• Cheques deposited into the bank but not credited before 31st December,2006 amounted to Rs.4000
    • Bank charges of Rs. 500 were debited by the bank but no entry was made by the accountant of the company.
    • From the above particulars, find out the balance as per KRB Bank’s books.
    • Rs.30500
    • Rs.25500
    • Rs .21500
    • Rs.22500
  • EXAMPLES
    • When overdraft as per cash book and a Cheque of Rs.1000 directly deposited in the bank, but not recorded in cash book----
          • a) Add Rs.1000 in CB
          • b) D educt Rs.1000 in CB
          • c) Add Rs.2000 in cash book
          • d) Deduct Rs.2000 in CB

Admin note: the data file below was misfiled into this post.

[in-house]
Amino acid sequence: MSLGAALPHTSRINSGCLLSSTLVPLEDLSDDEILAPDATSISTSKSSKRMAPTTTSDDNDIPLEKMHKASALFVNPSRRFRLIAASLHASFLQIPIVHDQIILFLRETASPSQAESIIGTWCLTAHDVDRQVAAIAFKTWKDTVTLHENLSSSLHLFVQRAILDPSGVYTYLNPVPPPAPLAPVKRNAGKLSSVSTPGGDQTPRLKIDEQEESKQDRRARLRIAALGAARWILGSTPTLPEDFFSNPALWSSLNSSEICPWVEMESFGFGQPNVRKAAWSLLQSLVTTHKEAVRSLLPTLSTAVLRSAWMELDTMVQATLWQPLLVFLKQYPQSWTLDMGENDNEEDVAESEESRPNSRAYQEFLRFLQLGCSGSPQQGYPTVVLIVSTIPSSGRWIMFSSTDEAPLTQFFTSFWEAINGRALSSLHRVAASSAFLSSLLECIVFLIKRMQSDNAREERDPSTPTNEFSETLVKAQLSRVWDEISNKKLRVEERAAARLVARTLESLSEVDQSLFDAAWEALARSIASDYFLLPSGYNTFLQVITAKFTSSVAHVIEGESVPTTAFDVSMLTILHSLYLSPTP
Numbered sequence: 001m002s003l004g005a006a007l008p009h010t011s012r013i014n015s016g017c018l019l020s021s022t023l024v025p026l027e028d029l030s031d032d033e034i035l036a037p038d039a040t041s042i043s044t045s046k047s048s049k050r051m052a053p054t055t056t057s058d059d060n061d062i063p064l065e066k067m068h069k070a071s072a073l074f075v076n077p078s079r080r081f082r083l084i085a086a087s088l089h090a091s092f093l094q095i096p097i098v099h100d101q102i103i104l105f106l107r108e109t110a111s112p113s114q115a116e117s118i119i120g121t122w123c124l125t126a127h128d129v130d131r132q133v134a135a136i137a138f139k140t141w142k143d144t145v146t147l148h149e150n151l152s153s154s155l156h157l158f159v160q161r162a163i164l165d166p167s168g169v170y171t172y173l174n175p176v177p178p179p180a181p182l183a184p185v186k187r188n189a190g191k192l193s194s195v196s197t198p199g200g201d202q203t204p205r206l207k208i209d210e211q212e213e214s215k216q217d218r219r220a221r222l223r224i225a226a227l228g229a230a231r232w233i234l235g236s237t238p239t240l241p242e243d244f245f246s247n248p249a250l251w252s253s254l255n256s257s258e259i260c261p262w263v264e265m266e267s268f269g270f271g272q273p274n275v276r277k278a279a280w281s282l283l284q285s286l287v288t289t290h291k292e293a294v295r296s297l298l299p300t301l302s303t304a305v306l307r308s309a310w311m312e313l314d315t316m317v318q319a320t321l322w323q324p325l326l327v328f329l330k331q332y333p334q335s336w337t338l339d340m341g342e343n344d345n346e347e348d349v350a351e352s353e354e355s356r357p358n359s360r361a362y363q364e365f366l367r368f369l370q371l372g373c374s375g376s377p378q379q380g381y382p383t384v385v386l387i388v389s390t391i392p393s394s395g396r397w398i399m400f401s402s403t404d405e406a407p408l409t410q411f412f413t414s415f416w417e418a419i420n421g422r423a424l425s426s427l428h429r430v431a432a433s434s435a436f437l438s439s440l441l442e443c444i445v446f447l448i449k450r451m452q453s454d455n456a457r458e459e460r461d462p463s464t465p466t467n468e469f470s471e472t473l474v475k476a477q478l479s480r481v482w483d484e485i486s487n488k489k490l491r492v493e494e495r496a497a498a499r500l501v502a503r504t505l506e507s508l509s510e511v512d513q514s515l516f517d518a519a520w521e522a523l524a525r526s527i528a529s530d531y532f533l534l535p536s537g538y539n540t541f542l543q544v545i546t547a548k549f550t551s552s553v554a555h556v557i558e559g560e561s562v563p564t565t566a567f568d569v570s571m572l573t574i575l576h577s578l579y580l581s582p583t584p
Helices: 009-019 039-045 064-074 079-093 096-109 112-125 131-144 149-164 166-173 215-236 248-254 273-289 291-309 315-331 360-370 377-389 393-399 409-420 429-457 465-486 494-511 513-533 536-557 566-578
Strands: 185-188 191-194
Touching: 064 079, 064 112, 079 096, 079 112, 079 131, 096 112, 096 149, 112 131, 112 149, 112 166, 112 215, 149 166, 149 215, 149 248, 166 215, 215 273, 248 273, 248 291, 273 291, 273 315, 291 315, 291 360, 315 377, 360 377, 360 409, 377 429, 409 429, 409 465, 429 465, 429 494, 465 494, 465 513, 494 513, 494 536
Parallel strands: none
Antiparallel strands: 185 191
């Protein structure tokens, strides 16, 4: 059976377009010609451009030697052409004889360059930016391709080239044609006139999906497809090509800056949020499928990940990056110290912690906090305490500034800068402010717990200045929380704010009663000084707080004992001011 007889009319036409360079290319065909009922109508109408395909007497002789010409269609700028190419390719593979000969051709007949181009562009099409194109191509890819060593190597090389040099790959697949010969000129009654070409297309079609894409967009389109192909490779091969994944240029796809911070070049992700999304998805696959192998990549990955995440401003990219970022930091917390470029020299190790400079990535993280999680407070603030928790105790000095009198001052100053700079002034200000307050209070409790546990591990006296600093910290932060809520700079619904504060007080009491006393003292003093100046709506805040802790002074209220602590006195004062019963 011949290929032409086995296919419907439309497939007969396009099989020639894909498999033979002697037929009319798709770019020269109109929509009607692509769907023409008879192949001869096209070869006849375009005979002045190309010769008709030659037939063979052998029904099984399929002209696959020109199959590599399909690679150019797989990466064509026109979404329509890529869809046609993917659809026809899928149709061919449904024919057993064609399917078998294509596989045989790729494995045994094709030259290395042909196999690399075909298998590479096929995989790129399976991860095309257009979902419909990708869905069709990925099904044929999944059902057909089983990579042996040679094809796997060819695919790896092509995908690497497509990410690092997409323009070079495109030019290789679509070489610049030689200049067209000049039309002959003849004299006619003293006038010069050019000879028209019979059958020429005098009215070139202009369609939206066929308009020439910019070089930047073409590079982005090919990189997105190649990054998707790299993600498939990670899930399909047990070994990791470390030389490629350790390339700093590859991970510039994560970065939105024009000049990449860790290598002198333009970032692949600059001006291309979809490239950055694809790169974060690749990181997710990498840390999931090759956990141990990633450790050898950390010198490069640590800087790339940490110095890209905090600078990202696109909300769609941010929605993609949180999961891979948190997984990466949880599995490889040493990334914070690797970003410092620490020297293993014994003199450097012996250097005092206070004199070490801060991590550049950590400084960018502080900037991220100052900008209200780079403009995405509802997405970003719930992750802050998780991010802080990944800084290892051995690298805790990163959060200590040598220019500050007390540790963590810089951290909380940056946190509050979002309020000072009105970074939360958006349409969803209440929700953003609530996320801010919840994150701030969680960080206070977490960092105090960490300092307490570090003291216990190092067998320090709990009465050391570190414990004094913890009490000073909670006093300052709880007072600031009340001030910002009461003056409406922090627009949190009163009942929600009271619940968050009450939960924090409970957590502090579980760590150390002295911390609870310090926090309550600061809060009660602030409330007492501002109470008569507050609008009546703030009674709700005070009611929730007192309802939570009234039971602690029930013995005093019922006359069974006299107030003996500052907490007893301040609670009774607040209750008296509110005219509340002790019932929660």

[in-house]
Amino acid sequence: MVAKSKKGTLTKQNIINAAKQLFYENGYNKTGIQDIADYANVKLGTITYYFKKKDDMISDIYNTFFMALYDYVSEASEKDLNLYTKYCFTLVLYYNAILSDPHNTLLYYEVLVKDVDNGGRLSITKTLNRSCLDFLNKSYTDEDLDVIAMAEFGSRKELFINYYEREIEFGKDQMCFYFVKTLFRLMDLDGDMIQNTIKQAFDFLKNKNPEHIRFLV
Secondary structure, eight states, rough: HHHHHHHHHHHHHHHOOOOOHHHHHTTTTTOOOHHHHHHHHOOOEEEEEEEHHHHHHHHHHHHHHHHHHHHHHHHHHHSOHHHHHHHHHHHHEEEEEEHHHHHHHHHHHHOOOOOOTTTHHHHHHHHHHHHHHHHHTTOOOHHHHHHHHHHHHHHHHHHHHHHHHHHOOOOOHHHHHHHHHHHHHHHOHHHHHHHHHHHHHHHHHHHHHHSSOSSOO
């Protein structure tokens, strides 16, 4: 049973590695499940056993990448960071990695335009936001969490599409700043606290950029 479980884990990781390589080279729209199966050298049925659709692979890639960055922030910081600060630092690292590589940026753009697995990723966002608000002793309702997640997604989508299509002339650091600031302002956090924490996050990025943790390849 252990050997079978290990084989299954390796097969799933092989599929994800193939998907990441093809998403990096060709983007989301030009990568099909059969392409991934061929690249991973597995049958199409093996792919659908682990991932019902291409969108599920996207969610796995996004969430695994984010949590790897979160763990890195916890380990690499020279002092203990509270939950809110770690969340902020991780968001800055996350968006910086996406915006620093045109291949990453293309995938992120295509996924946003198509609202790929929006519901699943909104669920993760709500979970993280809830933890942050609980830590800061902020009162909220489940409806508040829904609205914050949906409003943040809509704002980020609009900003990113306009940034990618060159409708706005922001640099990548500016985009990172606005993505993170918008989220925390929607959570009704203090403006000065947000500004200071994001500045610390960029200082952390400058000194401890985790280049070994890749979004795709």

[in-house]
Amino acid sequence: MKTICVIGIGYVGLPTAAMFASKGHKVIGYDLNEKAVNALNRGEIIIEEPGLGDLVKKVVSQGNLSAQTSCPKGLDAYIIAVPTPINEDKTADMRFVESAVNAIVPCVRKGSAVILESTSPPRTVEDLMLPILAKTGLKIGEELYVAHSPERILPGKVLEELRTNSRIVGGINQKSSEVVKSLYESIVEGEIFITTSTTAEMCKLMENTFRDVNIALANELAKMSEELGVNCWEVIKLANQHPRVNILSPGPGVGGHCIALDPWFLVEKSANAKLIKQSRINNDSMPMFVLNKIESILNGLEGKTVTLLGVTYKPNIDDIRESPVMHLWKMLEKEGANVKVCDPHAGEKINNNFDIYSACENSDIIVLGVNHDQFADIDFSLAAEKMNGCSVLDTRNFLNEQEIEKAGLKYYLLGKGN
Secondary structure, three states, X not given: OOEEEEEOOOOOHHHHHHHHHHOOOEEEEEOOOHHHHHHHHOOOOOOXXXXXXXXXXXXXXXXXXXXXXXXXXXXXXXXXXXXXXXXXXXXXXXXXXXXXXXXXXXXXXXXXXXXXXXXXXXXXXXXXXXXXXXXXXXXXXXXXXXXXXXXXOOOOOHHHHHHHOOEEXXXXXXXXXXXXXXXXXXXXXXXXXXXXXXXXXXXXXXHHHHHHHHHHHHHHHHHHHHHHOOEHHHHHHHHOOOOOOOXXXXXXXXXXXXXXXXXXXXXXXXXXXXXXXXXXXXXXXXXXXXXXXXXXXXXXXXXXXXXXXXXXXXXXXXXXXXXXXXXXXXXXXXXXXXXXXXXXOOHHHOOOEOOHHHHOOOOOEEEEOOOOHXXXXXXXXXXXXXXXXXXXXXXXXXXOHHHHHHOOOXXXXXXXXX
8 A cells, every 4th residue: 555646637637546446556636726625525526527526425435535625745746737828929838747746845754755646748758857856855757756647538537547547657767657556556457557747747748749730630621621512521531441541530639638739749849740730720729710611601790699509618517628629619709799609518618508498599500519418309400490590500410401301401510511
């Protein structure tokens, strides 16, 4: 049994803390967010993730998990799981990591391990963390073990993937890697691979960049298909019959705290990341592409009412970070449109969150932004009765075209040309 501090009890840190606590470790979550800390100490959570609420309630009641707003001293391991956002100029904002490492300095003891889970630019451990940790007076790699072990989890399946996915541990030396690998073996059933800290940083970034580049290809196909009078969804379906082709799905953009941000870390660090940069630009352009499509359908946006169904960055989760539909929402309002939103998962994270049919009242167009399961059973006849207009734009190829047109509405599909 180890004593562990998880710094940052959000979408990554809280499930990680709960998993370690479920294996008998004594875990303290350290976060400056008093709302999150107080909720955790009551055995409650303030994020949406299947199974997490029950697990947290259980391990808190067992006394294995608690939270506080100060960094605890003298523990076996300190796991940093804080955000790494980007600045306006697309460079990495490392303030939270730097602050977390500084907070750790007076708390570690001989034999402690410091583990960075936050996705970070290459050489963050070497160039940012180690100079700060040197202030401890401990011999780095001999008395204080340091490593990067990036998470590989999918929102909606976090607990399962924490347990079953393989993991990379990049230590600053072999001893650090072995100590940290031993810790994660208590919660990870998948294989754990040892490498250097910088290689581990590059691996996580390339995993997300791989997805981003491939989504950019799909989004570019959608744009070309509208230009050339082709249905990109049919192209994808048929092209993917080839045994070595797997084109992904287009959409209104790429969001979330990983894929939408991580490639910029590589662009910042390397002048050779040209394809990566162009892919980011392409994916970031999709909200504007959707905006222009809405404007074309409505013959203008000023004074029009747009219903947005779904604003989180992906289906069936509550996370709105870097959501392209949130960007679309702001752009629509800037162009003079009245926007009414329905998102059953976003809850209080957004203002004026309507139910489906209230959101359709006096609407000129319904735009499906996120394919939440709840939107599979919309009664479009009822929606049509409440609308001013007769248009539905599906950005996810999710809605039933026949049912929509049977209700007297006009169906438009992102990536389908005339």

• Undercasting of the credit side of Cash Book has the same effect as overcasting of the–
    • D ebit side of the pass book.
    • Credit side of the pass book.
    • There is no relevance between the two
  • Trial Balance(TB)- Rectification entries
    • Trial balance – meaning
    • Types- gross TB, Net TB
    • Disagreement of TB
    • Classification of errors
        • Clerical errors
          • Errors of omission
          • Errors of commission
            • Posting of correct amount at wrong side
            • Posting wrong amount at wrong side
            • Totaling error in subsidiary book
            • Mistake while balancing of ledger
          • Compensating errors
        • Errors of principles
  • Suspense account-
    • Suspense account- After preparation of T/B
    • Rectification when books are closed- Diff. in nominal A/c adj. through P & L Adj. A/c- then effect on Capital A/c
  • Rectification of Errors-Examples
    • (1) Rs. 5000 paid as wages for installing the machinery should be debited to-----